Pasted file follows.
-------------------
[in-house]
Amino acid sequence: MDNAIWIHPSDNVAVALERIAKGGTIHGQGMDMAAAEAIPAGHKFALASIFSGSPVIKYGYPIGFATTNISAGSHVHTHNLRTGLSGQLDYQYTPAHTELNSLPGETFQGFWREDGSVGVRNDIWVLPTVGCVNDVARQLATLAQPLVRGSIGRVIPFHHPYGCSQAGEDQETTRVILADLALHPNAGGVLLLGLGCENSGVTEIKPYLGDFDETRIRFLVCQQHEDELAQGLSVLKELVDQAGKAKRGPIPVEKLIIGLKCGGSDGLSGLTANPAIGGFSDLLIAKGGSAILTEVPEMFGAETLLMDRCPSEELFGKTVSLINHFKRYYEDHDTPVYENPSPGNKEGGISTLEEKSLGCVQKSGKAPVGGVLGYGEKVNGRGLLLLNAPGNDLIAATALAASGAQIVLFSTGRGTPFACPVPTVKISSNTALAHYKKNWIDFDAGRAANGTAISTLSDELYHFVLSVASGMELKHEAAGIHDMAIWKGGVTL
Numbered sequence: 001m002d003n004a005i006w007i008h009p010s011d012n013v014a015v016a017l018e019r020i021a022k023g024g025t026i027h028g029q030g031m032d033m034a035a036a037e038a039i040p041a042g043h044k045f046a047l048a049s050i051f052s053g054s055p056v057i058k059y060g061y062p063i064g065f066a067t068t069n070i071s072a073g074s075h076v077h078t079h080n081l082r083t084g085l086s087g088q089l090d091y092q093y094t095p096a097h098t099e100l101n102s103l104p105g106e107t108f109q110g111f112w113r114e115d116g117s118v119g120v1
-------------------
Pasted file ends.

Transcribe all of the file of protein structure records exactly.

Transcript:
[in-house]
Amino acid sequence: MDNAIWIHPSDNVAVALERIAKGGTIHGQGMDMAAAEAIPAGHKFALASIFSGSPVIKYGYPIGFATTNISAGSHVHTHNLRTGLSGQLDYQYTPAHTELNSLPGETFQGFWREDGSVGVRNDIWVLPTVGCVNDVARQLATLAQPLVRGSIGRVIPFHHPYGCSQAGEDQETTRVILADLALHPNAGGVLLLGLGCENSGVTEIKPYLGDFDETRIRFLVCQQHEDELAQGLSVLKELVDQAGKAKRGPIPVEKLIIGLKCGGSDGLSGLTANPAIGGFSDLLIAKGGSAILTEVPEMFGAETLLMDRCPSEELFGKTVSLINHFKRYYEDHDTPVYENPSPGNKEGGISTLEEKSLGCVQKSGKAPVGGVLGYGEKVNGRGLLLLNAPGNDLIAATALAASGAQIVLFSTGRGTPFACPVPTVKISSNTALAHYKKNWIDFDAGRAANGTAISTLSDELYHFVLSVASGMELKHEAAGIHDMAIWKGGVTL
Numbered sequence: 001m002d003n004a005i006w007i008h009p010s011d012n013v014a015v016a017l018e019r020i021a022k023g024g025t026i027h028g029q030g031m032d033m034a035a036a037e038a039i040p041a042g043h044k045f046a047l048a049s050i051f052s053g054s055p056v057i058k059y060g061y062p063i064g065f066a067t068t069n070i071s072a073g074s075h076v077h078t079h080n081l082r083t084g085l086s087g088q089l090d091y092q093y094t095p096a097h098t099e100l101n102s103l104p105g106e107t108f109q110g111f112w113r114e115d116g117s118v119g120v1